How to build indexes for slow first execution SQL – SQL Server?

You may suffer from SQL statements with a slow first execution time due to the long data cache process. The following SQL is simple that retrieves records from the EMPLOYEE table that if EMP_SALARY < 500000 and the result set is ordered by EMP_NAME.

Select emp_id,
    emp_name,
    emp_salary,
    emp_address,
    emp_telephone
from    employee
where  emp_salary < 500000
order by emp_name;

The following is the query plan that takes 9.51 seconds for the first execution and takes 0.99 seconds for the second execution without data cache.

The SQL cannot be tuned by SQL syntax rewrite or hints injection for both the first execution and the second execution, it is because SQL Server has selected the best query plan for this simple SQL statement. But the problem is that if the condition “where emp_salary < 500000” is changed; say from 500000 to 510000 or the EMPLOYEE data is flushed out from the memory, the execution time will then be prolonged up to 9.51 seconds.

Let’s see if we can build indexes to improve this situation. There is a common perception that a good index can help to improve both the first execution time and the second execution time. So, I use a tool to explore a lot of indexes configurations, but none of them can improve both executions’ performance. Here the following is the performance of the second execution with data cached for different indexes proposed by the tool. You can see the performance of “Index Set 1” is close to the original SQL performance with a little performance variation due to the system’s loading status and all other indexes sets are worse than the original SQL. Normally, we will give up the tuning of the SQL statement without even trying to see whether those recommended indexes are good for the first execution time.

I did a test for those recommended indexes to see whether they are helpful to improve the first execution time, it surprises me that the “Index Set 1” is tested with a significant improvement and improves the first execution time from 9.51 seconds to 0.65 seconds. It is a 14 times improvement that can make my database run more efficiently. So, you should be very careful to tune your SQL with new indexes that may not be good for your second execution with all data cached, but it may be very good for your first execution without data cached.

This kind of indexes recommendation can be achieved by Tosska SQL Tuning Expert Pro for SQL Server automatically.

Tosska SQL Tuning Expert Pro (TSES Pro™) for SQL Server – Tosska Technologies Limited

How to build indexes for multiple Max() functions for SQL Server?

For some SQL statements with multiple Max() functions in the select list and nothing in the Where clause, we have different methods to create new indexes to improve the SQL speed.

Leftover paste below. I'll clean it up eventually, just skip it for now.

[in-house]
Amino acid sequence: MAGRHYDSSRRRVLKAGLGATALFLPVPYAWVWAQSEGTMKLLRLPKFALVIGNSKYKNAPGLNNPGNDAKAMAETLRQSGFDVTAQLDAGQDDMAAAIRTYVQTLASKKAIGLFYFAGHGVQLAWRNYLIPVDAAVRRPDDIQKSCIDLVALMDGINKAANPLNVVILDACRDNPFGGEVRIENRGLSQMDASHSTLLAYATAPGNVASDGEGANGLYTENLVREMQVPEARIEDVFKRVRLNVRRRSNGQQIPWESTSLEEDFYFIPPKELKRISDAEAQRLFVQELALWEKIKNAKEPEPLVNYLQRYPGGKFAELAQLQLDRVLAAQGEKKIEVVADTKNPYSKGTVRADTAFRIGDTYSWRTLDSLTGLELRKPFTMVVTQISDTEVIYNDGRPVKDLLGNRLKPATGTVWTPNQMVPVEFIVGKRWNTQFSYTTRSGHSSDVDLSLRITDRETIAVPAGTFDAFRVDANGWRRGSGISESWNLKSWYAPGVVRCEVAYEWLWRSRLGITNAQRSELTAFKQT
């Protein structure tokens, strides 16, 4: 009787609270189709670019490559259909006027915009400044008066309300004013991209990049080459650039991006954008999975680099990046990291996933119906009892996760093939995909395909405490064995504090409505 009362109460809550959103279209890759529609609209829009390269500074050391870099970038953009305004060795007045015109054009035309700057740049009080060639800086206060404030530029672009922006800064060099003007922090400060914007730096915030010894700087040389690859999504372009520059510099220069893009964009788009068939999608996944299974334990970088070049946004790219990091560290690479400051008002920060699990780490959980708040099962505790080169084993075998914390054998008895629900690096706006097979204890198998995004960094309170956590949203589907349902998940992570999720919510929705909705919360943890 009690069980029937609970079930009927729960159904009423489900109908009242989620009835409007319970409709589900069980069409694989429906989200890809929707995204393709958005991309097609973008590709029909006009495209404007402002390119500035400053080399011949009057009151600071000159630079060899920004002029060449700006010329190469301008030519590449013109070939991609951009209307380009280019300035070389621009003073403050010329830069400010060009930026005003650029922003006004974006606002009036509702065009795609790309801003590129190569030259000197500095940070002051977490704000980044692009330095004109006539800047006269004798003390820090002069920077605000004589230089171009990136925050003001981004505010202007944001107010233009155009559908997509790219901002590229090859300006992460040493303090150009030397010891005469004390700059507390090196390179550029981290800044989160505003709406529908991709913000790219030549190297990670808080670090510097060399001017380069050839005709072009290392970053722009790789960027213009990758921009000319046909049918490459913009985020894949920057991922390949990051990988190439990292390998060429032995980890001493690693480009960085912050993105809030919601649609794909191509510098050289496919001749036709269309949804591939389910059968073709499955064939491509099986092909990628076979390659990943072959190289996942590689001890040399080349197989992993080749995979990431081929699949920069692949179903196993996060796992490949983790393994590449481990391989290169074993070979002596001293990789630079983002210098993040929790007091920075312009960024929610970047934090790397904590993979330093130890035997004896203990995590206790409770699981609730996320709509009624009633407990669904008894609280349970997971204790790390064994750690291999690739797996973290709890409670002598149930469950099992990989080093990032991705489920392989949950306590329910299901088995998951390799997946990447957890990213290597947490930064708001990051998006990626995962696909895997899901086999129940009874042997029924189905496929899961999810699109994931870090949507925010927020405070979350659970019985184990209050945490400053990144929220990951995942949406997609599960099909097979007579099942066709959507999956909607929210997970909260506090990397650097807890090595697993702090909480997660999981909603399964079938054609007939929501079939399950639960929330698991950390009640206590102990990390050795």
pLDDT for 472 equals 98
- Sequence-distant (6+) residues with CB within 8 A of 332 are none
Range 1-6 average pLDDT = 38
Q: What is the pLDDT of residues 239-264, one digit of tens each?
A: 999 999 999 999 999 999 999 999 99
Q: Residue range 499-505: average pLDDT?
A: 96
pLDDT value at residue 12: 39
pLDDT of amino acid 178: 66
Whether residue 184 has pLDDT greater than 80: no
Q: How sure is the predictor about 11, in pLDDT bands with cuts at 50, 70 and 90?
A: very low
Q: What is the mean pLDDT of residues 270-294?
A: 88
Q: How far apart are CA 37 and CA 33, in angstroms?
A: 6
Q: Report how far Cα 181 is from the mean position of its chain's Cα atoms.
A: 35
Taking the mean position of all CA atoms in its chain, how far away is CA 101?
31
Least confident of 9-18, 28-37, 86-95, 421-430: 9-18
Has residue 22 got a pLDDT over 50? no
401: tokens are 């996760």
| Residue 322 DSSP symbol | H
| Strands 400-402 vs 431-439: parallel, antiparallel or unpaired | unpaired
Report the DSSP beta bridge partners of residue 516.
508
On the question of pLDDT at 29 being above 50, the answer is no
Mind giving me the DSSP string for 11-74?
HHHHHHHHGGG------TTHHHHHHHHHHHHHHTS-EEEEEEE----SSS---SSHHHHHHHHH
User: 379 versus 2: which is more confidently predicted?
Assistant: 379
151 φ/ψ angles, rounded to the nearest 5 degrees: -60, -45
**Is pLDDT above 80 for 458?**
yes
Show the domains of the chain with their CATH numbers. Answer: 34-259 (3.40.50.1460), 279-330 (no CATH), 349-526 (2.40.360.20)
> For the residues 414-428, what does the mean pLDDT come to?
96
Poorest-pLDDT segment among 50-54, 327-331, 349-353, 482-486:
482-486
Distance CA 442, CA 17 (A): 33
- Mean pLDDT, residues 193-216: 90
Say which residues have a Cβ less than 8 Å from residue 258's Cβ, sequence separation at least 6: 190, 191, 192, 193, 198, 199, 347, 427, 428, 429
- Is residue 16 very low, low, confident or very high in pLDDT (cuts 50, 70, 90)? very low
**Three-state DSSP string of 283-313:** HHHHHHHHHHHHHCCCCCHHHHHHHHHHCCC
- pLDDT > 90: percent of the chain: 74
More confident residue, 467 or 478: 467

Here is an example SQL, it is to retrieve the maximum name and age from the employee table.

select max(emp_name),
     max(emp_age)
from  employee

The following is the query plan that takes 9.27 seconds.

The SQL cannot be tuned by SQL syntax rewrite or hints injection, and the SSMS cannot recommend any index to improve the SQL.

For this kind of SQL that we can consider building a composite index or two individual indexes for emp_name and emp_age.  A new composite of these two columns (emp_age, emp_name) can improve the SQL around 7 times. The following is the query plan shows that the new composite index is used, but it has to scan the entire index for these two stream aggregate operations before getting the max(emp_name) and max(emp_age).

How about if we build two individual indexes for emp_name and emp_age. The following is the result and query plan of these two indexes created. A Top operator selects the first row from each index and returns to the Stream Aggregate operation, and then a Nested Loops join the two maximum results together. It is 356 times much faster than the original SQL.

This kind of indexes recommendation can be achieved by Tosska SQL Tuning Expert Pro for SQL Server automatically.

Tosska SQL Tuning Expert Pro (TSES Pro™) for SQL Server – Tosska Technologies Limited

Do not undermine your SQL Server’s potential ability

For some SQL statements that are failed to be tuned by syntax rewrite, hints injection, and all necessary indexes are built, people may think that hardware upgrade is the only way to resolve the performance problem. But, please don’t undermine your SQL Server’s SQL optimizer which can provide you with the ultimate performance solution that you may not have imagined before. What you need to do is to provide SQL Server with a set of proper new indexes.

Here is an example SQL, it is to retrieve the minimum employee’s salary and the emp_id that with salary greater than all salary of the emp_subsidiary table with subsidiary’s employees’ department = “AAA”.